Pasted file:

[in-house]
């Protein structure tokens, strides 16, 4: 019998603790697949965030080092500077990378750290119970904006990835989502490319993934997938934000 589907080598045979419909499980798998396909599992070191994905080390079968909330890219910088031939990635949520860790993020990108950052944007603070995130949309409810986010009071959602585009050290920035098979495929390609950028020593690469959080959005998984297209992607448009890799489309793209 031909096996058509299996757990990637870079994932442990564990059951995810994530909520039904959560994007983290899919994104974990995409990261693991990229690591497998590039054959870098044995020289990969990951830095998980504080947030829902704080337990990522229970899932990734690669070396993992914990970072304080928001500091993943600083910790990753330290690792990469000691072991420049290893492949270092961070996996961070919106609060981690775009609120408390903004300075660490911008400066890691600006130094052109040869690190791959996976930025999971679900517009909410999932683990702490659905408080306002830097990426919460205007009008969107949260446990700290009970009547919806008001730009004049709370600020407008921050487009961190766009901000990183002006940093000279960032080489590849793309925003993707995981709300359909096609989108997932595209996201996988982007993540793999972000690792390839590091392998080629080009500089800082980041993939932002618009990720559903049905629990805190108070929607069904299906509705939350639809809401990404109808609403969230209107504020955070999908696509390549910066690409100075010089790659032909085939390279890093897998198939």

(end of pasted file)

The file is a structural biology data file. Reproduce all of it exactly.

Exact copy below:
[in-house]
């Protein structure tokens, strides 16, 4: 019998603790697949965030080092500077990378750290119970904006990835989502490319993934997938934000 589907080598045979419909499980798998396909599992070191994905080390079968909330890219910088031939990635949520860790993020990108950052944007603070995130949309409810986010009071959602585009050290920035098979495929390609950028020593690469959080959005998984297209992607448009890799489309793209 031909096996058509299996757990990637870079994932442990564990059951995810994530909520039904959560994007983290899919994104974990995409990261693991990229690591497998590039054959870098044995020289990969990951830095998980504080947030829902704080337990990522229970899932990734690669070396993992914990970072304080928001500091993943600083910790990753330290690792990469000691072991420049290893492949270092961070996996961070919106609060981690775009609120408390903004300075660490911008400066890691600006130094052109040869690190791959996976930025999971679900517009909410999932683990702490659905408080306002830097990426919460205007009008969107949260446990700290009970009547919806008001730009004049709370600020407008921050487009961190766009901000990183002006940093000279960032080489590849793309925003993707995981709300359909096609989108997932595209996201996988982007993540793999972000690792390839590091392998080629080009500089800082980041993939932002618009990720559903049905629990805190108070929607069904299906509705939350639809809401990404109808609403969230209107504020955070999908696509390549910066690409100075010089790659032909085939390279890093897998198939």